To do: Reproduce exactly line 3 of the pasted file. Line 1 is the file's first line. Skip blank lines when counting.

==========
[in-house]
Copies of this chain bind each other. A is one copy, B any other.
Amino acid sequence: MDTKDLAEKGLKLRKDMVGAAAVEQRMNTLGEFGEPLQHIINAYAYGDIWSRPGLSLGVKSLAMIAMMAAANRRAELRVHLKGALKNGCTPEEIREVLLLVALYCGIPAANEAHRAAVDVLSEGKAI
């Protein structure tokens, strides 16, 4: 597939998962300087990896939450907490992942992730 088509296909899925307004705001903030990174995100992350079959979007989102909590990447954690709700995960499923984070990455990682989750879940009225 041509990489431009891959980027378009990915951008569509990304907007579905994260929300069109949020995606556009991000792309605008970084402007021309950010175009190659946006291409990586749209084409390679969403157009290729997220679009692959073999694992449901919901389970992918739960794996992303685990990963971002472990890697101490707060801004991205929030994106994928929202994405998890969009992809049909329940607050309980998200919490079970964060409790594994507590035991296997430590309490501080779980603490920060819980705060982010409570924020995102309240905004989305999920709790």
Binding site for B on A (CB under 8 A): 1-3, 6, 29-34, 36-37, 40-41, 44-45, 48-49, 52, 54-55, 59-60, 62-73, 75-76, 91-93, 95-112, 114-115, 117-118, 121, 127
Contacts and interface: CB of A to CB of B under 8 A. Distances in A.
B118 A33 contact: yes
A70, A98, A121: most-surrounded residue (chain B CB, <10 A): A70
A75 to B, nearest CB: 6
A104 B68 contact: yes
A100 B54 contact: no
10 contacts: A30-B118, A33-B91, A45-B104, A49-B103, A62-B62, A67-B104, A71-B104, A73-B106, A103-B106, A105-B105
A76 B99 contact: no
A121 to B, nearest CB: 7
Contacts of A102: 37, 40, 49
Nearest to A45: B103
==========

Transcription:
Amino acid sequence: MDTKDLAEKGLKLRKDMVGAAAVEQRMNTLGEFGEPLQHIINAYAYGDIWSRPGLSLGVKSLAMIAMMAAANRRAELRVHLKGALKNGCTPEEIREVLLLVALYCGIPAANEAHRAAVDVLSEGKAI